On the eve of World War II, the economic and social plight of the Burniese people had become worse. The peasants had lost three-fourths of their lands to a handful of absentee landlords, mostly British banks and Indians. What remained was under heavy mortgage. The export and import trade, the major industries such as oil, timber, and mining, were in the hands of foreigners. Even the professionals, the lawyers and doctors, were foreigners, and a continuous flow of Burmese university graduates found themselves without adequate careers. The country presented the picture of a social pyramid which had the millions of poor, ignorant, exploited Burmese as its base, and a few outsiders—British, Indian, and Chinese—as its apex.
In protest against such a situation the Burmese nationalists repeatedly but unsuccessfully rebelled against the British regime. The outbreak of the Second World War gave them another opportunity. The Burmese people rose up in arms against the British, then later on fought the Japanese when the latter did not keep their promise to bestow independence on the country. At the end of the war, the Burmese found themselves with a Resistance movement, whose strength, abetted by the anticolonial principles of a Labour Government in England, led at last to real freedom.
Burma declared her independence in 1948 and chose to withdraw from the British Commonwealth, though retaining financial ties with the Sterling Bloc. But the whole country was in complete ruin, fought over twice by the Japanese and Allied armies, both of which had used "scorched-earth" strategy. Three-quarters of our towns and villages had been razed to the ground. The national income, small enough before the war, was reduced by half. Hospitals and schools were gone, oil fields destroyed, cattle slaughtered, and population decimated. Our people had hoped that with independence and the withdrawal of the British capitalists social and economic problems would be quickly solved. But they were soon to be disillusioned.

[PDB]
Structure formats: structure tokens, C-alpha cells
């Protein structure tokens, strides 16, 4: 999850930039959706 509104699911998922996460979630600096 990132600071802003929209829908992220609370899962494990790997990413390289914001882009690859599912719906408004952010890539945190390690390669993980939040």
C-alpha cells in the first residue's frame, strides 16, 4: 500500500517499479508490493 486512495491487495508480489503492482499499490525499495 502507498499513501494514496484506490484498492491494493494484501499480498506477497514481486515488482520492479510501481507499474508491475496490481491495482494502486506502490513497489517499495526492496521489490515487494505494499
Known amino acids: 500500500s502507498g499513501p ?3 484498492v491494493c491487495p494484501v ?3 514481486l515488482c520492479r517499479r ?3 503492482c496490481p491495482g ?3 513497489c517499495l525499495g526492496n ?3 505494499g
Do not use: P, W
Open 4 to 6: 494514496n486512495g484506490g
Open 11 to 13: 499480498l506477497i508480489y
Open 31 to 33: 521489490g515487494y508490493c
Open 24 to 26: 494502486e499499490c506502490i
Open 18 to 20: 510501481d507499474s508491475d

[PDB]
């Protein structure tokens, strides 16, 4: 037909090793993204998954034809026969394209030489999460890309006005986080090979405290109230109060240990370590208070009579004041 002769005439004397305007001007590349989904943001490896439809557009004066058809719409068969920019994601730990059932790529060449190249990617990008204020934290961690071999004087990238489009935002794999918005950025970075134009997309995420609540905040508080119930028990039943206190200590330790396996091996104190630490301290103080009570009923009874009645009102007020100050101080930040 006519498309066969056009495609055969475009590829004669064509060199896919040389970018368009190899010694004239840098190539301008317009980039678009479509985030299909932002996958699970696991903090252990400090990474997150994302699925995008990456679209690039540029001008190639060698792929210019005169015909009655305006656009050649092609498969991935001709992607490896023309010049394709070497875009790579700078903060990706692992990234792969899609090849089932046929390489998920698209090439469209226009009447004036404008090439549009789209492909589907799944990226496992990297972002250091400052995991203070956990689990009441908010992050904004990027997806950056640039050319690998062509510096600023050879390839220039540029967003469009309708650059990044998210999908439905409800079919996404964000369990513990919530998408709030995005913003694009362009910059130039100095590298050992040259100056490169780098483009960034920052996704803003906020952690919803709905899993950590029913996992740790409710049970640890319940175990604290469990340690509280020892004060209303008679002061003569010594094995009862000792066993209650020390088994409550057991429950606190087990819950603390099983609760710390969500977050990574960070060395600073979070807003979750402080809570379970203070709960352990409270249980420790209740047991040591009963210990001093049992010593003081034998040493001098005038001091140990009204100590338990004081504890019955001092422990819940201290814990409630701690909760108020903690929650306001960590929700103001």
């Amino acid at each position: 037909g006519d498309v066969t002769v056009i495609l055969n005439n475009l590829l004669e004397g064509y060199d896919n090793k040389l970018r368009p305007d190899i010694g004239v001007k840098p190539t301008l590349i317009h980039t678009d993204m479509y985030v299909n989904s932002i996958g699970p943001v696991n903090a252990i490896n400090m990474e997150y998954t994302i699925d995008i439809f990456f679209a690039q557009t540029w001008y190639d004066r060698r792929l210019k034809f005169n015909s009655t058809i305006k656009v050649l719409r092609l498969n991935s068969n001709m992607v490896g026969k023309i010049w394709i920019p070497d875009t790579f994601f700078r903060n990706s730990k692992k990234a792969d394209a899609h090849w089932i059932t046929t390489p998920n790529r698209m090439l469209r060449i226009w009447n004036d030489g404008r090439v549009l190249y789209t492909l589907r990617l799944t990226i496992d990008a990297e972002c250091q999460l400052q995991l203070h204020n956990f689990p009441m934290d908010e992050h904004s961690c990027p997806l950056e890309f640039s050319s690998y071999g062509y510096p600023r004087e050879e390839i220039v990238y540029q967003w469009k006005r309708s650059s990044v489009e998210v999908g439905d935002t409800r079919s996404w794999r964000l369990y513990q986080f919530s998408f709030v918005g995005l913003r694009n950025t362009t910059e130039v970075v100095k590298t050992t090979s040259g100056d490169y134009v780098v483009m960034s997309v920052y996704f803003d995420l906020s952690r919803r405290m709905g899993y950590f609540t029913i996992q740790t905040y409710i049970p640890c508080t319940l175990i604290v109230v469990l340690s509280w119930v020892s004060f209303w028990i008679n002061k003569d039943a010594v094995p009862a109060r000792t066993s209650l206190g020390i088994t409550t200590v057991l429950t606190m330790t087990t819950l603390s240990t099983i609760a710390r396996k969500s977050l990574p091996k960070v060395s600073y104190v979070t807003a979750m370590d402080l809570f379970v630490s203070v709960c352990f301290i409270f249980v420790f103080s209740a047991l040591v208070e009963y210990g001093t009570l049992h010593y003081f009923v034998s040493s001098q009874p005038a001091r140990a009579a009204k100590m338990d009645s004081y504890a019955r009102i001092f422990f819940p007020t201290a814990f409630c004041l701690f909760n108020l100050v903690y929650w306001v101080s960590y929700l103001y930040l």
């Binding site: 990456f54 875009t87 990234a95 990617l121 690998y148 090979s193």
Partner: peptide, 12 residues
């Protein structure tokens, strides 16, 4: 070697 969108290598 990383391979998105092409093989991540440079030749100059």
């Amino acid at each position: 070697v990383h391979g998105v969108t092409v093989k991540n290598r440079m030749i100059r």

A constitution, democratic and parliamentary, enshrining the best and noblest principles of individual freedom and social justice, was solemnly proclaimed, and an independent government sworn in, under the leadership of the Anti-Fascist People's Freedom League. This was the organization which had led the freedom movement against both the British and Japanese; it was a united front of nationalists, democratic socialists, Communists and various racial and ethnical minorities. The new government started its business in all seriousness.
But only three months passed before the Communists, who had collected weapons during the Resistance, made an armed rising. (Simultaneously there were Communist outbreaks in Malaya, Indonesia, and South India, all based on the decisions taken at the Asian Communists’ meeting at Calcutta in February, 1948, which were in conformity with the "Zhdanov" line adopted by the Cominform.) The Burmese Cabinet was accused of being a stooge for Anglo-American capitalism and the old landlords. The Communists held before the peasants the promise of a new heaven and a new earth, where there would be no landlords and no moneylenders.